Seemingly, bipartisanism has been functioning quite well in the US and non-parties—Republican and Democratic— are able to settle issues alone. As we know that former President Bush waged war both in Afghanistan in 2001, and Iraq 2003. That time Republicans were supporting wars overwhelmingly and, due to vengeful and hatred-filled environment caused by the incident of 9/11, common people were supporting too. While both wars were not supported much by members of Democratic Party, particularly, after 2008 global economic recession that hit Americans hard. That circumstance was critical and both political and economic situation was in inconvenient state, which finally helped Obama to win the White House.
In that juncture, the popularity of Iraq's war and the country's strategic position in the region, which many top foreign analysts were maintaining that democratization of Iraq actually was "a push button for democratization of the entire region, particularly, Arab world, potentially pushed the war in Afghanistan to periphery of main Washington's political scenario. Obviously, the process reversed when President Obama appeared and heralded people with promising fundamental change. What he did was reassessment of the US military strategy and focused back to Afghanistan, while he made steep military pullout from Baghdad. In new strategy, he became committed to surge military in Afghanistan as 33,000 more armies were added to the already existing one in 2010.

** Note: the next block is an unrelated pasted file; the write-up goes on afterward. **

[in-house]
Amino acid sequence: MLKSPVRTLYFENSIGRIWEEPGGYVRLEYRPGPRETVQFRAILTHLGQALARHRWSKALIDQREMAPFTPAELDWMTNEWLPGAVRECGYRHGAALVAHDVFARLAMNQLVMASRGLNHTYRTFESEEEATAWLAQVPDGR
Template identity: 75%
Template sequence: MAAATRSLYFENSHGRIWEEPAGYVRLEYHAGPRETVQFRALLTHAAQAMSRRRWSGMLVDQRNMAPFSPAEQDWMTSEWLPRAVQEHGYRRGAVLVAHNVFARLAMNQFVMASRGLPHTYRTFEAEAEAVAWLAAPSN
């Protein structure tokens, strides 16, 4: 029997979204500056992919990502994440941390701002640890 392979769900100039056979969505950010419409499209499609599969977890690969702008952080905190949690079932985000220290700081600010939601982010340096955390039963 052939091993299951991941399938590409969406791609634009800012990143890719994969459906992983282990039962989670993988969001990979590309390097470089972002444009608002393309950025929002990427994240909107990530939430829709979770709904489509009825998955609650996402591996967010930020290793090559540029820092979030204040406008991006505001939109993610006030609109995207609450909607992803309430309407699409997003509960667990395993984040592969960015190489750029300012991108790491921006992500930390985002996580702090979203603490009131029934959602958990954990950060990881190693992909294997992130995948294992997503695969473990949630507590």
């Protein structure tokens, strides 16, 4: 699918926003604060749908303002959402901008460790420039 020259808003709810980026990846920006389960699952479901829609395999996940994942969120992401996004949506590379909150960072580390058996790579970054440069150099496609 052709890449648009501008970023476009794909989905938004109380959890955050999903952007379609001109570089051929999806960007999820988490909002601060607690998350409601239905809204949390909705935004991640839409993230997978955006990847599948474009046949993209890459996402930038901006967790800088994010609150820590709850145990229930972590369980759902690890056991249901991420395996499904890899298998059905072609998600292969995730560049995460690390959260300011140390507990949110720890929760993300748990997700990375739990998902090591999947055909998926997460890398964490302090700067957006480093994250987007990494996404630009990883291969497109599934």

No doubt, both wars had already lost their popularity, and Americans, particularly after economic challenges caused by 2008 financial crisis, were not supporting much. Such mounting anti-war attitude was not restricted to common people at all rather key Congress Senators and MPs were pushing for projects at home rather than disputes in Kabul and Baghdad. They have maintained that pouring taxed dollars for national building or for cracking down Taliban-led militants in Afghanistan, indeed, is wastage of human resource, money, and time. But President Obama promised them something mouth-watering—surging troops to Afghanistan, cracking down and soon after "coming back home". The promise and confidence of President persuaded many and they found that face-saving pullout, elimination of terror networks, and maintenance of US strategic supremacy, values to vote for his plan.
That time finally arrived and it is President's turn to keep his promise. Senators and MPs were expecting him to start military drawdown. Wednesday, June 22, 2011, was somehow a deadline for his promise made 18 months ago. Ultimately, he made his mind and decided to remain committed to his promise in order to persuade his oppositions at home. In his long-awaited address, he determined the numbers of US military to pull out of the Afghanistan. From the very start of the plan around five thousand will leave the country and five thousand more will be pulled out in December of the current year. The remaining 23,000, from total 33,000 troops that Obama surged in 2010, will be withdrawn till September next year.